AN HONORED REPUBLICAN IRISH HERITAGE
IRISH REPUBLICANS AND THE END OF SLAVERY
Famine and war forged a lasting link between the Irish people and the Republican Party. While the Irish emigration began with the discovery of the Americas, the Great Famine from 1845-1849 forced the greatest Irish emigration in Ireland’s history. Starvation caused hundreds of thousands of poor Irishmen to escape their homeland. But they were poor and penniless, so they settled in the cities where they disembarked from their ships.
Among those immigrants was Michael O’Regan, the great-great grandfather of Ronald Reagan. The O’Regans, as they were called in Ireland, were prominent citizens in Ballyporeen, County Tipperary. President Reagan’s heritage was confirmed when Michael O’Reagan’s name was found among 160,000 Irishmen who in 1841 had signed a “thank you” scroll for the departing Chief Secretary to Ireland, Lord Morpeth. In 1851 Michael O’Reagan fled to London but the struggle was almost as hard as Ireland as the multitude of other refugees from the famine filled the city. In 1857 he looked across the ocean and saw a land of opportunity. He booked passage on a ship to Canada, but it was the open opportunities in the United States where he saw his future.
When the Irish landed in New England they felt at home. The United Kingdom had outlawed slavery 20 years before the Irish Famine, so it was natural for these people to align with the anti-slavery factions in the Whig Party of the new country. The Irish became serious about the slavery issue such that by 1858, when the Republicans replaced the Whig Party in New England, the Irish were all Republican.
The Irish became the factory workers in New England, especially in Massachusetts because of the major port of Boston. With the start of the Civil War they were the dominant laborers in the Springfield Armory, in Springfield, Massachusetts, manufacturing armaments for the Union Army. The Irish workers fulfilled a significant role in the defeat of Southern Democrats and to the end of slavery in the United States.
President Reagan knew his Irish ancestry, but in 1980, with the discovery of his great-great grandfather’s signature on the Morpeth Scroll, he discovered just how significant that ancestry was. In 1984, after years of longing, the President finally found that he could incorporate a trip to Ireland in his European visit.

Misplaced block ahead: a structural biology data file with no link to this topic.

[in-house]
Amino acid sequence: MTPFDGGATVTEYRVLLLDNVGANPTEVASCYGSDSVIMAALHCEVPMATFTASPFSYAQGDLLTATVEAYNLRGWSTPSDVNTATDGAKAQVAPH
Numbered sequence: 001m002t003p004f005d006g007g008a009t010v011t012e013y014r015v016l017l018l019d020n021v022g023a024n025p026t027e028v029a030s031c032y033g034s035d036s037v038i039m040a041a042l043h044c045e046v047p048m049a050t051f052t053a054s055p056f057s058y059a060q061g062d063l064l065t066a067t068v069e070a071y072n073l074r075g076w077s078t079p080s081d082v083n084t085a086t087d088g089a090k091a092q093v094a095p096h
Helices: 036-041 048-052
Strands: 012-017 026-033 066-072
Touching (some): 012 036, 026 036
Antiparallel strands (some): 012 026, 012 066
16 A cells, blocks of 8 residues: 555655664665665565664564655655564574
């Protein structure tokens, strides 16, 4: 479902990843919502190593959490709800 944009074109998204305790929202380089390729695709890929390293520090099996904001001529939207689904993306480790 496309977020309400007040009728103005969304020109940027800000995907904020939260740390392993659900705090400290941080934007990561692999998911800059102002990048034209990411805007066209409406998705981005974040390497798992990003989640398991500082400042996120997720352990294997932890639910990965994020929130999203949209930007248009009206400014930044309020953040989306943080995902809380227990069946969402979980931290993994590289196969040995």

While always important to him, President Reagan’s Irish heritage became much more real in 1980 with the discovery of his great-great grandfather’s signature on the Morpeth Scroll. His family in Ireland were real to him. In 1984, after years of longing, the President finally found that he could incorporate a trip to Ireland in a European visit.
6/3/1984 President Reagan receiving a beer during a Visit to O’Farrell’s Pub in Ballyporeen IrelandO’Farrell’s Pub in Ballyporeen. John and Mary O’Farrell were fans of President Reagan and in the honor of his Irish roots, they named part of the their Pub “The Ronald Reagan.” President Reagan made a point of visiting the Pub while in Ireland.eam was planning the trip to the Emerald Isle they discovered a perfect old Irish pub in Ballyporeen.eam was planning the trip to the Emerald Isle they discovered a perfect old Irish pub in Ballyporeen.
As his advance team was planning the trip to the Emerald Isle they discovered a perfect old Irish pub in his home of Ballyporeen.
The owners of the pub, John and Mary O’Farrell, were huge fans of President Reagan; so much so that in his honor they had named part of the their pub “The Ronald Reagan.”
While in Ireland, President Reagan made visiting the Pub one of his top priorities. He wanted to meet with real Irishmen so that they could “raised a pint” together. As one of the men of the community, he shared with them Irish memories and fanciful stories, and no one thought of him as the most important man in the word.
President Reagan’s visit to the O’Farrells so impressed them that after he left they renamed the entire Pub after him.
In June 2004, Frederick J. Ryan, Chairman of the Board of Trustees of the Reagan Foundation, discovered that the historic Pub had been boarded up. The O’Farrells had closed the bar and intended to sell the fixtures, piece by piece. Ryan immediately purchased the entire Pub, fixtures and all, and shipped it to the Reagan Library in Southern California. They unloaded bars, and chairs, and artifacts from Guinness advertisements to beer taps.
Today, if you visit the Reagan Library, you can see a little piece of the Emerald Isle, “The Ronald Reagan” room.
So this Saint Patrick’s Day celebrate our Republican Irish heritage and lift a pint to the Gipper and all good Irishmen.